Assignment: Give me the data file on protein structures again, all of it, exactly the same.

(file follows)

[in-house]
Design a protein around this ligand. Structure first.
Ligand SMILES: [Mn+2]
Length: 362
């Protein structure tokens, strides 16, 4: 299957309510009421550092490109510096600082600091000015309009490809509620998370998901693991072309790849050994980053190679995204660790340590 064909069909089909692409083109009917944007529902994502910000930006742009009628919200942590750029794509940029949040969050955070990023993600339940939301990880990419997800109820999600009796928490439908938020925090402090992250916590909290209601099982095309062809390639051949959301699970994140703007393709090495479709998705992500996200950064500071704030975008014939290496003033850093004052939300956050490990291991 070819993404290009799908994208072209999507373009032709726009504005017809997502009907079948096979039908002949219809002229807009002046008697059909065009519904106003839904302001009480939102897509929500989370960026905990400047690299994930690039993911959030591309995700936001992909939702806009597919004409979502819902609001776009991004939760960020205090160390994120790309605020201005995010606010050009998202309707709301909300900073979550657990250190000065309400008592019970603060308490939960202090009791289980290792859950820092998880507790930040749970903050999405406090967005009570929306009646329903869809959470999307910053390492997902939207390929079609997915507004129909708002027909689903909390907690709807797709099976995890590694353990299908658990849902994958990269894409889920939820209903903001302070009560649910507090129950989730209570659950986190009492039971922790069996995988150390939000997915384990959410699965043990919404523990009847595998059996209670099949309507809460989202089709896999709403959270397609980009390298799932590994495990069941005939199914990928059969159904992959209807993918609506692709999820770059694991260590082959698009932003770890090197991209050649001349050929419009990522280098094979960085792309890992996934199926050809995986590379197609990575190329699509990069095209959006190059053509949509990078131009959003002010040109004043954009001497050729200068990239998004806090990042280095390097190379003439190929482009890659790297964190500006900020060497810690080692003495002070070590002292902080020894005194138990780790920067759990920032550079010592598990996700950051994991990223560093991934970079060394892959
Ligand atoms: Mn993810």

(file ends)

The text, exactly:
[in-house]
Design a protein around this ligand. Structure first.
Ligand SMILES: [Mn+2]
Length: 362
């Protein structure tokens, strides 16, 4: 299957309510009421550092490109510096600082600091000015309009490809509620998370998901693991072309790849050994980053190679995204660790340590 064909069909089909692409083109009917944007529902994502910000930006742009009628919200942590750029794509940029949040969050955070990023993600339940939301990880990419997800109820999600009796928490439908938020925090402090992250916590909290209601099982095309062809390639051949959301699970994140703007393709090495479709998705992500996200950064500071704030975008014939290496003033850093004052939300956050490990291991 070819993404290009799908994208072209999507373009032709726009504005017809997502009907079948096979039908002949219809002229807009002046008697059909065009519904106003839904302001009480939102897509929500989370960026905990400047690299994930690039993911959030591309995700936001992909939702806009597919004409979502819902609001776009991004939760960020205090160390994120790309605020201005995010606010050009998202309707709301909300900073979550657990250190000065309400008592019970603060308490939960202090009791289980290792859950820092998880507790930040749970903050999405406090967005009570929306009646329903869809959470999307910053390492997902939207390929079609997915507004129909708002027909689903909390907690709807797709099976995890590694353990299908658990849902994958990269894409889920939820209903903001302070009560649910507090129950989730209570659950986190009492039971922790069996995988150390939000997915384990959410699965043990919404523990009847595998059996209670099949309507809460989202089709896999709403959270397609980009390298799932590994495990069941005939199914990928059969159904992959209807993918609506692709999820770059694991260590082959698009932003770890090197991209050649001349050929419009990522280098094979960085792309890992996934199926050809995986590379197609990575190329699509990069095209959006190059053509949509990078131009959003002010040109004043954009001497050729200068990239998004806090990042280095390097190379003439190929482009890659790297964190500006900020060497810690080692003495002070070590002292902080020894005194138990780790920067759990920032550079010592598990996700950051994991990223560093991934970079060394892959
Ligand atoms: Mn993810």